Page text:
LONG considered a deprived area and one of West Ealing’s eyesores, the Green Man Lane Estate is undergoing a comprehensive reconstruction.
The entire estate will be demolished and rebuilt from scratch. Developers and residents hope the end result will be something brighter, happier and more of an open part of the community.
One woman who was a cornerstone of life on the estate was Linda Collett.
Having lived there for more than two decades, she has a strong association with the area and many know her as chairwoman of the residents’ association, a position she held for more than 10 years.
Now living in Greenford because of her husband Bob’s health needs, she is getting used to life away from her former home but has not forgotten her past.
Linda is still very much part of the community as she runs the fruit and veg stall adjacent to Barclays Bank in Uxbridge Road, with Bob, and she still drops in to visit the over-50s club on Tuesdays, which she founded.
She said: “It’s strange to go to the shops around the old estate and walk home a different way.”
Linda believed in making the best of life on Green Man Lane for as many people as possible, although the place had ‘changed a lot’ since she first moved there.
“In those days you could have parties on the landings, people would come out and bring tables and chairs out and join in,” she said.
“There was a much stronger sense of community – people knew their neighbours and we interacted with each other more.”
One thing she still feels passionately about is opportunities for young people living on the estate: “There are no youth clubs any more, so young people come home and what have they got?
“We need to bring back traditional trades like cooking, needlework and carpentry.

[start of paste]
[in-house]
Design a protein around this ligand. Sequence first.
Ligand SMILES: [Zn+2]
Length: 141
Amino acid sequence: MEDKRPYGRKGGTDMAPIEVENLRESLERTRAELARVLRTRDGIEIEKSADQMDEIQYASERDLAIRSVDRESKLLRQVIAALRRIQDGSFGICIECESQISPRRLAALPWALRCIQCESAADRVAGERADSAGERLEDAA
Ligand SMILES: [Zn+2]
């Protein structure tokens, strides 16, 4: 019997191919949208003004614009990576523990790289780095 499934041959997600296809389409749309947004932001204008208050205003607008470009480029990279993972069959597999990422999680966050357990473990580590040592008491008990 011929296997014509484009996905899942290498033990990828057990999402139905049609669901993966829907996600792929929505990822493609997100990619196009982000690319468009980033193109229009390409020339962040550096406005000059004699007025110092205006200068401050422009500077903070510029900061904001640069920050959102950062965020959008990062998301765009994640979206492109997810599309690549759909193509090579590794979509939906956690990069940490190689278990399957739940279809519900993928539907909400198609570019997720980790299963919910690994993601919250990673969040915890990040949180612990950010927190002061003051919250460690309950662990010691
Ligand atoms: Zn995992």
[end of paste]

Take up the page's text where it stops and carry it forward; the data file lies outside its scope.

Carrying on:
“Not all young people can go to university and some of our young people might have real skill in carpentry.”
One success she did have was a local football scheme, which she helped set up more than two years ago with her friend Anne Fabing. It is still going strong today.
It is no secret the estate struggled with its share of problems like drugs and anti-social behaviour, and Linda leaped at the opportunity to give Green Man Lane a clean slate.
She said: “We were so pleased when we heard that we had been selected as one of the chosen estates for regeneration.
“It was exactly what all the local estates wanted. We had lots of fun with the design process. We developed lots of ideas for the community areas, and we all ended up calling the park area Central Park – that name went into the planning application.
“It will be a football-free zone, and we will have artistic features through the park.”
Linda is looking forward to the new blocks being built.
When asked if there was anything about the estate she might miss, she said: “No. The new ideas are much more up to date and relevant to people today. I will keep my eye on what is going on.”
Linda may be missed at Green Man Lane, but her legacy will remain for years to come.
The Gazette would like to thank Rydon Group for its help with this article.
Do you have memories of life on the Green Man Lane Estate? If so, the Gazette would like to hear from you.